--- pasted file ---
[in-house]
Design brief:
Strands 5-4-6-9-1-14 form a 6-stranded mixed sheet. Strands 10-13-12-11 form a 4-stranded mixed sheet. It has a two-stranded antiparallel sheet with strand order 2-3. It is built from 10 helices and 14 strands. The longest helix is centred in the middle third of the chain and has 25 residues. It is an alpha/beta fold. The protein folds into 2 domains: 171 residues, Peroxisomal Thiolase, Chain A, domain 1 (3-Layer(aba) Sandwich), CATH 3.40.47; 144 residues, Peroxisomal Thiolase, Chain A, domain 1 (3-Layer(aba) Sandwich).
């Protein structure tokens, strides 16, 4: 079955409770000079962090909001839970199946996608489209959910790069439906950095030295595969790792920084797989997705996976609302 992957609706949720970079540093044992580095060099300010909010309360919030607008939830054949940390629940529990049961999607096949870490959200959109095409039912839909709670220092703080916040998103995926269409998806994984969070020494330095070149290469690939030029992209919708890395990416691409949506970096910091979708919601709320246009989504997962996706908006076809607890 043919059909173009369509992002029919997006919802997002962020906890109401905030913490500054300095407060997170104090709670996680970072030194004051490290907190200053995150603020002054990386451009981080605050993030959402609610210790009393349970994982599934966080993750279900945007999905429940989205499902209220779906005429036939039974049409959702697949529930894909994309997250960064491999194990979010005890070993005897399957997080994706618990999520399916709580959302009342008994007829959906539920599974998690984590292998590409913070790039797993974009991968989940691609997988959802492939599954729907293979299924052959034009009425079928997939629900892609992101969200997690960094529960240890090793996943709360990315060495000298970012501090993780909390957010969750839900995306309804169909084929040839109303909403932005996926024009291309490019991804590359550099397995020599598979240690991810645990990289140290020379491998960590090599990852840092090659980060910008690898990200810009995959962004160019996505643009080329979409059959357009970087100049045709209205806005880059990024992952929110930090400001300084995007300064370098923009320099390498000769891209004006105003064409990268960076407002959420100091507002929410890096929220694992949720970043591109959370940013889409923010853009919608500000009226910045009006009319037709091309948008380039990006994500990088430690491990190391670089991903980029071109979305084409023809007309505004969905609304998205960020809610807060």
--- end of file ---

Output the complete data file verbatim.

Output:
[in-house]
Design brief:
Strands 5-4-6-9-1-14 form a 6-stranded mixed sheet. Strands 10-13-12-11 form a 4-stranded mixed sheet. It has a two-stranded antiparallel sheet with strand order 2-3. It is built from 10 helices and 14 strands. The longest helix is centred in the middle third of the chain and has 25 residues. It is an alpha/beta fold. The protein folds into 2 domains: 171 residues, Peroxisomal Thiolase, Chain A, domain 1 (3-Layer(aba) Sandwich), CATH 3.40.47; 144 residues, Peroxisomal Thiolase, Chain A, domain 1 (3-Layer(aba) Sandwich).
């Protein structure tokens, strides 16, 4: 079955409770000079962090909001839970199946996608489209959910790069439906950095030295595969790792920084797989997705996976609302 992957609706949720970079540093044992580095060099300010909010309360919030607008939830054949940390629940529990049961999607096949870490959200959109095409039912839909709670220092703080916040998103995926269409998806994984969070020494330095070149290469690939030029992209919708890395990416691409949506970096910091979708919601709320246009989504997962996706908006076809607890 043919059909173009369509992002029919997006919802997002962020906890109401905030913490500054300095407060997170104090709670996680970072030194004051490290907190200053995150603020002054990386451009981080605050993030959402609610210790009393349970994982599934966080993750279900945007999905429940989205499902209220779906005429036939039974049409959702697949529930894909994309997250960064491999194990979010005890070993005897399957997080994706618990999520399916709580959302009342008994007829959906539920599974998690984590292998590409913070790039797993974009991968989940691609997988959802492939599954729907293979299924052959034009009425079928997939629900892609992101969200997690960094529960240890090793996943709360990315060495000298970012501090993780909390957010969750839900995306309804169909084929040839109303909403932005996926024009291309490019991804590359550099397995020599598979240690991810645990990289140290020379491998960590090599990852840092090659980060910008690898990200810009995959962004160019996505643009080329979409059959357009970087100049045709209205806005880059990024992952929110930090400001300084995007300064370098923009320099390498000769891209004006105003064409990268960076407002959420100091507002929410890096929220694992949720970043591109959370940013889409923010853009919608500000009226910045009006009319037709091309948008380039990006994500990088430690491990190391670089991903980029071109979305084409023809007309505004969905609304998205960020809610807060």